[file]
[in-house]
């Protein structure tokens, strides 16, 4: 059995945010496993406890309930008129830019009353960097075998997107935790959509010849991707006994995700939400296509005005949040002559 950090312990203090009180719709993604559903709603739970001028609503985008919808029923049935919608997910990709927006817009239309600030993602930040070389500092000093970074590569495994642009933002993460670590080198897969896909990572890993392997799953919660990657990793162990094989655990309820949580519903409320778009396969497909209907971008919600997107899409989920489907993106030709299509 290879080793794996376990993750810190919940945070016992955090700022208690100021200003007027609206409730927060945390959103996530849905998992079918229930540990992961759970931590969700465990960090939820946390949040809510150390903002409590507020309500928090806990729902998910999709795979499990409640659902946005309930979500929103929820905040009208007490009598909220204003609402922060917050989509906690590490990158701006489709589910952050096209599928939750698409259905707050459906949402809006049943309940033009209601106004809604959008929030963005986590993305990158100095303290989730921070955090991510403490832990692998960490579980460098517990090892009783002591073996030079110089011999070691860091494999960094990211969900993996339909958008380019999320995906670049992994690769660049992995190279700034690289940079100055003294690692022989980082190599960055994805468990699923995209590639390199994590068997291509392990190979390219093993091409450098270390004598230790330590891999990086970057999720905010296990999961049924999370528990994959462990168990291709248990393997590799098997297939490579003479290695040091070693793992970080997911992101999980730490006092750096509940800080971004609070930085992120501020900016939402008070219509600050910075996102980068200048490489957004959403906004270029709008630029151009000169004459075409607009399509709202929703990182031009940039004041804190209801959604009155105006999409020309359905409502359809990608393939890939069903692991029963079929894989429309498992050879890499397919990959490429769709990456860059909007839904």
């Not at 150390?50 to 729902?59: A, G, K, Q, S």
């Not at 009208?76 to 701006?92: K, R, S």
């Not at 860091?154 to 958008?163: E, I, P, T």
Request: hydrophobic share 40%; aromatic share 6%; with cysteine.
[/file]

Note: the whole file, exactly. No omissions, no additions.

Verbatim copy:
[in-house]
């Protein structure tokens, strides 16, 4: 059995945010496993406890309930008129830019009353960097075998997107935790959509010849991707006994995700939400296509005005949040002559 950090312990203090009180719709993604559903709603739970001028609503985008919808029923049935919608997910990709927006817009239309600030993602930040070389500092000093970074590569495994642009933002993460670590080198897969896909990572890993392997799953919660990657990793162990094989655990309820949580519903409320778009396969497909209907971008919600997107899409989920489907993106030709299509 290879080793794996376990993750810190919940945070016992955090700022208690100021200003007027609206409730927060945390959103996530849905998992079918229930540990992961759970931590969700465990960090939820946390949040809510150390903002409590507020309500928090806990729902998910999709795979499990409640659902946005309930979500929103929820905040009208007490009598909220204003609402922060917050989509906690590490990158701006489709589910952050096209599928939750698409259905707050459906949402809006049943309940033009209601106004809604959008929030963005986590993305990158100095303290989730921070955090991510403490832990692998960490579980460098517990090892009783002591073996030079110089011999070691860091494999960094990211969900993996339909958008380019999320995906670049992994690769660049992995190279700034690289940079100055003294690692022989980082190599960055994805468990699923995209590639390199994590068997291509392990190979390219093993091409450098270390004598230790330590891999990086970057999720905010296990999961049924999370528990994959462990168990291709248990393997590799098997297939490579003479290695040091070693793992970080997911992101999980730490006092750096509940800080971004609070930085992120501020900016939402008070219509600050910075996102980068200048490489957004959403906004270029709008630029151009000169004459075409607009399509709202929703990182031009940039004041804190209801959604009155105006999409020309359905409502359809990608393939890939069903692991029963079929894989429309498992050879890499397919990959490429769709990456860059909007839904």
């Not at 150390?50 to 729902?59: A, G, K, Q, S």
């Not at 009208?76 to 701006?92: K, R, S």
């Not at 860091?154 to 958008?163: E, I, P, T």
Request: hydrophobic share 40%; aromatic share 6%; with cysteine.